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Creationism to go Head to Head with Evolution

Creationism bill awaits action at House
( [email protected] ) Aug 05, 2003 01:08 PM EDT

WASHINGTON- Supporters of a mandatory “creationism course” in public schools introduced a House bill requiring middle and high school students who study evolution to also be taught creationism. Republican State Reps. Bill Van Regenmorter of Georgetown Township and Barb Vander Veen of Allendale are the co-sponsors on the bill.



According to the two representatives, the legislation would provide a balance between the two “unproven theories.”



Teachers would have to "explain the competing theories of evolution and natural selection based on random mutation and the theory that life is the result of the purposeful, intelligent design of a Creator."



"This provides balance. The way this bill is set up is if teachers are teaching evolution as a viable theory, then they also should teach intelligent design as a viable theory," the Ottawa County lawmaker said.



However, critics argue the legislation is unsupported by science.



"This is smoke and mirrors. They have the right ideals but the wrong process. Intelligent design is not a scientific concept," said Kevin Padian, president of the National Center for Science Education and a professor at the University of California-Berkeley.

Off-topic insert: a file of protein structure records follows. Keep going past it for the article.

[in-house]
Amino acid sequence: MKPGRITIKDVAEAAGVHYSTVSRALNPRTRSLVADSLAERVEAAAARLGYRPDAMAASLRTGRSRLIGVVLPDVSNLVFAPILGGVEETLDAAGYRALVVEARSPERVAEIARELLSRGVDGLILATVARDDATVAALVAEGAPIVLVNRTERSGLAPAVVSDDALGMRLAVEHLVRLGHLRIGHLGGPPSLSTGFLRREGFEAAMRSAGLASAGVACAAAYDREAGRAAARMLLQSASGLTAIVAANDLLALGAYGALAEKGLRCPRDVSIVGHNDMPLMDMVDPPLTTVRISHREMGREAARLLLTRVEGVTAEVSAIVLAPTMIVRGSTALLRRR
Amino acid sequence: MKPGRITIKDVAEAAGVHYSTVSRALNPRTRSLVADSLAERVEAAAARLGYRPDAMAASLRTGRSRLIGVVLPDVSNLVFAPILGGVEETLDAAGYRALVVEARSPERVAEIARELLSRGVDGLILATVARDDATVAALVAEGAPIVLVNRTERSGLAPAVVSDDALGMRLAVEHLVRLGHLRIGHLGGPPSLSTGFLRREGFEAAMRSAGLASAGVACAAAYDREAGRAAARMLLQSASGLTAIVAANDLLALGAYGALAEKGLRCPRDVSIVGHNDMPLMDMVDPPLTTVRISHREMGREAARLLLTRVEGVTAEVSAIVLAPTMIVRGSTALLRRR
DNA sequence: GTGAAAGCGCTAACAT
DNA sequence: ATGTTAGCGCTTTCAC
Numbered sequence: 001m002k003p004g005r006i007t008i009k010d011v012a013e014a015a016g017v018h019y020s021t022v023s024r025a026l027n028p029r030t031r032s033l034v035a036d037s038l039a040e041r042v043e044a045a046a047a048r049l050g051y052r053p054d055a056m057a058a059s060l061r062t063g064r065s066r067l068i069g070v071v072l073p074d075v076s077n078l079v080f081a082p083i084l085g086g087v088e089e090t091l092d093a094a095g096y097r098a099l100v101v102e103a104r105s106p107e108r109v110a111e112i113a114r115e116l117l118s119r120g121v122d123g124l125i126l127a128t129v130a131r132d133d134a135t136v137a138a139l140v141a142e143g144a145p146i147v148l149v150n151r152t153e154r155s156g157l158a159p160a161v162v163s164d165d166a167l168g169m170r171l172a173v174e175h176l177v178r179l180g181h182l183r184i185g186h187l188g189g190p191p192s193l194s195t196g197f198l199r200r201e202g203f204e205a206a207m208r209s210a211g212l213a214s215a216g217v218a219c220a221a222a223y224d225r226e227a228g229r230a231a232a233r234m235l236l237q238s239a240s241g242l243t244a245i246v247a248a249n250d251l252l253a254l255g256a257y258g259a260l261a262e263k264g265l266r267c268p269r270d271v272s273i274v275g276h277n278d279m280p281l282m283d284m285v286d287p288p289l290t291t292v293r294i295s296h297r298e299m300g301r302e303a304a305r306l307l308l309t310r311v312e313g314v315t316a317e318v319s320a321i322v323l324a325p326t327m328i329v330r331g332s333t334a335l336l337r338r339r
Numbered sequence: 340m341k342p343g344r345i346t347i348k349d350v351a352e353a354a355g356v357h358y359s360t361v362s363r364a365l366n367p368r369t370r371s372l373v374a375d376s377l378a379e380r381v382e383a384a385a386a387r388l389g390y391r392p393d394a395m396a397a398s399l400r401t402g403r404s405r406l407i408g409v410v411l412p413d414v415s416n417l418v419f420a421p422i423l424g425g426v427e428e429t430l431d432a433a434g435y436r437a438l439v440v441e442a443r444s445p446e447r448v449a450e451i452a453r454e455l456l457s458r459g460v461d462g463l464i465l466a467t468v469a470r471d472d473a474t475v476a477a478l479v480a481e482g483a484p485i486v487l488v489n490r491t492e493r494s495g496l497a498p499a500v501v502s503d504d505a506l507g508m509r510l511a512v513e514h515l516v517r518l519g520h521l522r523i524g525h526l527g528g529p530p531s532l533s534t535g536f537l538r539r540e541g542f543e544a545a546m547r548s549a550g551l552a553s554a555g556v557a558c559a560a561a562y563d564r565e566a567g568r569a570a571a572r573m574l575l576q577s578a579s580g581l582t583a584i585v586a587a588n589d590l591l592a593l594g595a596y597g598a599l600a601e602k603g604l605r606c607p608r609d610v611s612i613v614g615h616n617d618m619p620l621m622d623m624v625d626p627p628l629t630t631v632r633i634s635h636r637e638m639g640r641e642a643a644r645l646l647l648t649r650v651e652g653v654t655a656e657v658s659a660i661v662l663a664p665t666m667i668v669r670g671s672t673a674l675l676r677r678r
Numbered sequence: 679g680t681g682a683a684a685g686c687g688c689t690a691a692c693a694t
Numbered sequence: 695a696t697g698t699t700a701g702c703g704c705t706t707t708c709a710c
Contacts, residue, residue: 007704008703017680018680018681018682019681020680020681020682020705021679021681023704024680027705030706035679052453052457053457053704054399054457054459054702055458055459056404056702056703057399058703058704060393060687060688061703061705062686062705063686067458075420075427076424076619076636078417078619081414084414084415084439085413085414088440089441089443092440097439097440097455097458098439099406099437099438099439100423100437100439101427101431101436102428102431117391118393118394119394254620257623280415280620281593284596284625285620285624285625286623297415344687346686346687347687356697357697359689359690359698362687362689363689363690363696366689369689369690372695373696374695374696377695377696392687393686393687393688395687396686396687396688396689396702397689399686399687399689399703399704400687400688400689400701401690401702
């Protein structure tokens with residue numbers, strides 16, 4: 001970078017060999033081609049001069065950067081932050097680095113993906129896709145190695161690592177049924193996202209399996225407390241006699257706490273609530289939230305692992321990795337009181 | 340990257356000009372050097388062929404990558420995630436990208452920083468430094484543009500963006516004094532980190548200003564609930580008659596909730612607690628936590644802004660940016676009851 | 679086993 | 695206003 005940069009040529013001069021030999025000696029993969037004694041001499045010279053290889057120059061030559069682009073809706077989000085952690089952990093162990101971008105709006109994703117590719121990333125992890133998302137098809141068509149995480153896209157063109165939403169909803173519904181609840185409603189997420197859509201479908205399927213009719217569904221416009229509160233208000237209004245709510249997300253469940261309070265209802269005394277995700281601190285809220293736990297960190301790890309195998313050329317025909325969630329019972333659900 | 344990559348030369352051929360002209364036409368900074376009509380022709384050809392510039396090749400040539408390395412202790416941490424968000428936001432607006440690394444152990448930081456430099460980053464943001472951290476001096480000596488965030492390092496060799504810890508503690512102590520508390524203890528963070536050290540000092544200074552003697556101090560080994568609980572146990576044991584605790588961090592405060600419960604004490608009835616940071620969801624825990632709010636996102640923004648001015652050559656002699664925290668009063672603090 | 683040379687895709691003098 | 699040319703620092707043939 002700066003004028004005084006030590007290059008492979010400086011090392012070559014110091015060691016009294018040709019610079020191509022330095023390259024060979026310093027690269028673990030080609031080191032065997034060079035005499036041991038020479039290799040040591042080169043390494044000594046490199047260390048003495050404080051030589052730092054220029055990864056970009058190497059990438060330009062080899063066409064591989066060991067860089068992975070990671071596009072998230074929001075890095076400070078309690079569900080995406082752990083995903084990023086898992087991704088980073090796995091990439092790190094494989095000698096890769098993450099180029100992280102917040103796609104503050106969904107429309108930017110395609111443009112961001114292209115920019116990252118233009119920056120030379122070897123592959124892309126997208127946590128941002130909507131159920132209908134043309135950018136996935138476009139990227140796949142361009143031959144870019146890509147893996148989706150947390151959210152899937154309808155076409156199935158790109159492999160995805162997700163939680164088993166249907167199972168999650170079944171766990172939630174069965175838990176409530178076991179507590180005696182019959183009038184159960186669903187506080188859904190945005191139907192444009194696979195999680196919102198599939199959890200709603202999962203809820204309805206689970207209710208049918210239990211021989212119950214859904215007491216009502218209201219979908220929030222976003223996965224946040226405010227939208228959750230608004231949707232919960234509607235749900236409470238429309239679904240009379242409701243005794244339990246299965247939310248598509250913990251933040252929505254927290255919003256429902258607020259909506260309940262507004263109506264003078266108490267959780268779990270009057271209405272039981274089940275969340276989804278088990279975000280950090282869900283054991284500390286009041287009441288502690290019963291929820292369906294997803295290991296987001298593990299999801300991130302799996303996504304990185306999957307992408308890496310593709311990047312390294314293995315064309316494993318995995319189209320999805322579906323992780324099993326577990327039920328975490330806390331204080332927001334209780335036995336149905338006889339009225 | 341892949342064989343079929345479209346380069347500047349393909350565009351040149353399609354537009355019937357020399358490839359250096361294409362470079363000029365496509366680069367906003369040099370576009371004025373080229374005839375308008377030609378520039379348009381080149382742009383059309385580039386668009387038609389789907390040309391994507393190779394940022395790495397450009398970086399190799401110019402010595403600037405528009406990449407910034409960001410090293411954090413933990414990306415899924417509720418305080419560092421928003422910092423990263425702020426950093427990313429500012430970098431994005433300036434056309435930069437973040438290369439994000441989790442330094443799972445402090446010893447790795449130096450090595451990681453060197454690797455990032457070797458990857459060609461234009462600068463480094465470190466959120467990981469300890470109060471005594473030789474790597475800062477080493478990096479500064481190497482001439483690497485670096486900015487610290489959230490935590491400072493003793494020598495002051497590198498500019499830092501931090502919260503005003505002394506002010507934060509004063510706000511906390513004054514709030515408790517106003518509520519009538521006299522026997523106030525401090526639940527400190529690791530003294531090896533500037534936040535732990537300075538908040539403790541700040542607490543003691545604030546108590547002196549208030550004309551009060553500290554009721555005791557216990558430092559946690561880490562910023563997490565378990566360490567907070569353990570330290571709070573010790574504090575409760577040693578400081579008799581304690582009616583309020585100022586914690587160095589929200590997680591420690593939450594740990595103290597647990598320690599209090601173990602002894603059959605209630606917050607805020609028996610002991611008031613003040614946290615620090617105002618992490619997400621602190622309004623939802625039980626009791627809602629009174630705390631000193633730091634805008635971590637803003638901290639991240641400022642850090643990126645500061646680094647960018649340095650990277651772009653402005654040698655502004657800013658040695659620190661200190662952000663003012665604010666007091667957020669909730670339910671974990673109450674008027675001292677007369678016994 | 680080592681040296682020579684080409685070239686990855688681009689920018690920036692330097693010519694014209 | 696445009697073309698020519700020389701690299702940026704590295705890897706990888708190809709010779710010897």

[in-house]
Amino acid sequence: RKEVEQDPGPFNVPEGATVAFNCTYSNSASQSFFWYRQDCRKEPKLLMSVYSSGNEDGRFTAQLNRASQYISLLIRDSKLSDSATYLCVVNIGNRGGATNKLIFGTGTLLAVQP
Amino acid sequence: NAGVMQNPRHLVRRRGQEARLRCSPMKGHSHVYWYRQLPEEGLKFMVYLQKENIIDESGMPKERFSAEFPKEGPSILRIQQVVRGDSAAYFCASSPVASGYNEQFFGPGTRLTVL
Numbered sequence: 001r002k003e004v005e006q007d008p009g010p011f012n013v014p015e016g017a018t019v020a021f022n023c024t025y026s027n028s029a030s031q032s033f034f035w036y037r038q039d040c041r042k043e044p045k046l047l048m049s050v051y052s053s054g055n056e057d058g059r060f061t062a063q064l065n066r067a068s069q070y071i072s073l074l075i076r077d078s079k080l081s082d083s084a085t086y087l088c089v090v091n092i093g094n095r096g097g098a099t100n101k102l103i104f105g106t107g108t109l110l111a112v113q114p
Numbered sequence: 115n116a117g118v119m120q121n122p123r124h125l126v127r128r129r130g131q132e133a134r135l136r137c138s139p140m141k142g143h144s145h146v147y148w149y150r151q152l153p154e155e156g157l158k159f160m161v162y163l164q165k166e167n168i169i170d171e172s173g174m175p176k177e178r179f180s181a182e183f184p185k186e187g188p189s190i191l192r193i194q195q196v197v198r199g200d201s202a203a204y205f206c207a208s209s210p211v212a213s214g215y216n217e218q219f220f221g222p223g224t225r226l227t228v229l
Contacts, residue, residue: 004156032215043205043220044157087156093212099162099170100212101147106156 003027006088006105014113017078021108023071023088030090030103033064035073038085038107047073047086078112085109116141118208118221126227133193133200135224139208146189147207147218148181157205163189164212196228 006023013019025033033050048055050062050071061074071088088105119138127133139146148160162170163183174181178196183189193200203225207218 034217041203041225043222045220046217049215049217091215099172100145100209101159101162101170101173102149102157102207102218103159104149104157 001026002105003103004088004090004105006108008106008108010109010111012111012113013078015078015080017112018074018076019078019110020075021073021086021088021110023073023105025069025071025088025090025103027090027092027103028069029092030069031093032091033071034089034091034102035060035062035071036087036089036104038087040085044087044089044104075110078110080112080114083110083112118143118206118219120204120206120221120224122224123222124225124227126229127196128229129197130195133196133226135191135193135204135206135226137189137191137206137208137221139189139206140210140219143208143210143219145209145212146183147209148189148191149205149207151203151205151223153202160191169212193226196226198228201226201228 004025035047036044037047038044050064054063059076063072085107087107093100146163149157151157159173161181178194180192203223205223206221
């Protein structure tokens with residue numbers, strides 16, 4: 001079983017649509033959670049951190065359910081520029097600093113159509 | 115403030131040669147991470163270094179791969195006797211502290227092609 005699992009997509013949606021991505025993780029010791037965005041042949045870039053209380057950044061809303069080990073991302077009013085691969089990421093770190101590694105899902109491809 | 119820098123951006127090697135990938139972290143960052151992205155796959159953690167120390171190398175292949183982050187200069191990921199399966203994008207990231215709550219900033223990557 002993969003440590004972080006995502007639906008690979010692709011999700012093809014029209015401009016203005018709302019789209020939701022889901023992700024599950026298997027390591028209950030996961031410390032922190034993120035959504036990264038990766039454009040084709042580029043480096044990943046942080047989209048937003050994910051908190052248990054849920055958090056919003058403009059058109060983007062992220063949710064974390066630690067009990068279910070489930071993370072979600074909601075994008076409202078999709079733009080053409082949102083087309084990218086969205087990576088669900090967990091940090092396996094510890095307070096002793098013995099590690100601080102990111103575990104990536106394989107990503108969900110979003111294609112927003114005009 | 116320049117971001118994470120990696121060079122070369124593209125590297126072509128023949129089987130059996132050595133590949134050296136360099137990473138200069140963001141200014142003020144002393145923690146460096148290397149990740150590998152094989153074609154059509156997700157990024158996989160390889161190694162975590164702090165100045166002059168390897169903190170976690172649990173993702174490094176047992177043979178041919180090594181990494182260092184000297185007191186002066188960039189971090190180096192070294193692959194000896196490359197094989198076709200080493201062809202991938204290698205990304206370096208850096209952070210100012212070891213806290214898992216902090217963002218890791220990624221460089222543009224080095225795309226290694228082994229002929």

“There is no established evidence for the intelligent design theory, and it should not be taught as science in schools,” Padian said. “Intelligent design supporters are trying to short circuit the process. They want to go straight to the schools."



Vander Veen asserts scientific facts can be found for both evolutionism and creationism.



"There are scientific facts on both sides, and I think both sides need to be presented," Vander Veen said. "Our students are very intelligent, and they can make up their own minds."



"I have been accused of being a religious bigot, but I am not saying that we have to tell a child one way or another," she continued. "What I am saying is that we have to teach both sides of the scientific facts, because if we don't, then it's censorship."



In 1995, the Michigan state Board of Education rejected a proposal to include the Bible's story of creation with discussions of evolution in public schools. The bill is awaiting action at the House of Education Committee.